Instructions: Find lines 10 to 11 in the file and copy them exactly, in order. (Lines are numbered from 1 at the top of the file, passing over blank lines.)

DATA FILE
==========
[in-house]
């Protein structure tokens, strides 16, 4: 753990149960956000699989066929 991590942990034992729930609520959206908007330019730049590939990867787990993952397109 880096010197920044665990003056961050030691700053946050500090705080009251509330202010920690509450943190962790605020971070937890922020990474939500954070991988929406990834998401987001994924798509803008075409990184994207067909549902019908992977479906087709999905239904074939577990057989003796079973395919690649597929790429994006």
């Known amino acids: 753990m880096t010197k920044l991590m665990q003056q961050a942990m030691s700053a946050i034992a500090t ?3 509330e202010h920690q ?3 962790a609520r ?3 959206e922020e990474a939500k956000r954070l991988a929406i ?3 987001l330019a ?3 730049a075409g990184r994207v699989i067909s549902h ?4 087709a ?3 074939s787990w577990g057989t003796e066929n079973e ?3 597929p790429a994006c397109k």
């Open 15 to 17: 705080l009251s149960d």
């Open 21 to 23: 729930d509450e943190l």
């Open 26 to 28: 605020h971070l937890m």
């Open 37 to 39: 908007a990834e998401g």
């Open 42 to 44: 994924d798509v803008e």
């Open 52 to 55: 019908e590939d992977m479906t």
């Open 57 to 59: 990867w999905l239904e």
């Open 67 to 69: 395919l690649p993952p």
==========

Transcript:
């Open 57 to 59: 990867w999905l239904e």
């Open 67 to 69: 395919l690649p993952p």